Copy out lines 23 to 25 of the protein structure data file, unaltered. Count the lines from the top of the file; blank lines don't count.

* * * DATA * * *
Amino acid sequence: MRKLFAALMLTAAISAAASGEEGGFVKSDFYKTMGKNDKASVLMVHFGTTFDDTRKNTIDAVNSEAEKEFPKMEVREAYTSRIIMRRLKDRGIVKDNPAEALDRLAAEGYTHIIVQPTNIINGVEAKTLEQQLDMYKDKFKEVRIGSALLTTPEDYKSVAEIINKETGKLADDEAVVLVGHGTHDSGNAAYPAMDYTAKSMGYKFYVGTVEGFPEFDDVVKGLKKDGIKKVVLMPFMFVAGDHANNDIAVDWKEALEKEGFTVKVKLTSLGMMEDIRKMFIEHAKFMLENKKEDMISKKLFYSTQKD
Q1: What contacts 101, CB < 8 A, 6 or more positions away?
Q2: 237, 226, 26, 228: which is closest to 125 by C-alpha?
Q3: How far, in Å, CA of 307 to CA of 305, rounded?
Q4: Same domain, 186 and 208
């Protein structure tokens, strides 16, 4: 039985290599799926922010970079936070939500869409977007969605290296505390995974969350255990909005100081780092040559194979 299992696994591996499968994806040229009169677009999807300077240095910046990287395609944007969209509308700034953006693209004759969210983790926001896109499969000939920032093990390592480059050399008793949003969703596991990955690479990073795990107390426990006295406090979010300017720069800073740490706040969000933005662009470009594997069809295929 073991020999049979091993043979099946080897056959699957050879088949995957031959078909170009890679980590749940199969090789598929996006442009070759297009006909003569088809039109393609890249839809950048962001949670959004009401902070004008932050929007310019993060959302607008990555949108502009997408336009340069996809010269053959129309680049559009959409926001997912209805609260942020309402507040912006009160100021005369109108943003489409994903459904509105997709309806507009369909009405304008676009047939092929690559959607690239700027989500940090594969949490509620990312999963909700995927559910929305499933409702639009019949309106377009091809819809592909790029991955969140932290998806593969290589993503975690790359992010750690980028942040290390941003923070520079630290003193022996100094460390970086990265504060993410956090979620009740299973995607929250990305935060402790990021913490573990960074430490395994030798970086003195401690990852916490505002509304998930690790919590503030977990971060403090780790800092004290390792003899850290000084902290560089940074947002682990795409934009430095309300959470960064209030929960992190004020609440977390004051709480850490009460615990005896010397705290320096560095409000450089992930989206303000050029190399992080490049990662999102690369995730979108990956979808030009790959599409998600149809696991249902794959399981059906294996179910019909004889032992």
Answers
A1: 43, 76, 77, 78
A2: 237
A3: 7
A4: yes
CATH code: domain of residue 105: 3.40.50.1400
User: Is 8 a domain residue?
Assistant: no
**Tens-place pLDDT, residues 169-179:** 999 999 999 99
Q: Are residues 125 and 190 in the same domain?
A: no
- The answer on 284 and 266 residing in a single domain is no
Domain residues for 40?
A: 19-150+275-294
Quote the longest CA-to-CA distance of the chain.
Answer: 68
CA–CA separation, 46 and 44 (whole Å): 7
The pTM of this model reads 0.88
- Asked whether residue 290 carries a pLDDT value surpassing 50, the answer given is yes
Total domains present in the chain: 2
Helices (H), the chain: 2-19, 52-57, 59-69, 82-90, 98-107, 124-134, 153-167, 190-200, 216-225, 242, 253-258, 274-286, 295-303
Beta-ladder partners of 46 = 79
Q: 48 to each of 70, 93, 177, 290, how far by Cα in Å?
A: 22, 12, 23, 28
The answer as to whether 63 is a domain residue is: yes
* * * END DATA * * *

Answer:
CA–CA separation, 46 and 44 (whole Å): 7
The pTM of this model reads 0.88
- Asked whether residue 290 carries a pLDDT value surpassing 50, the answer given is yes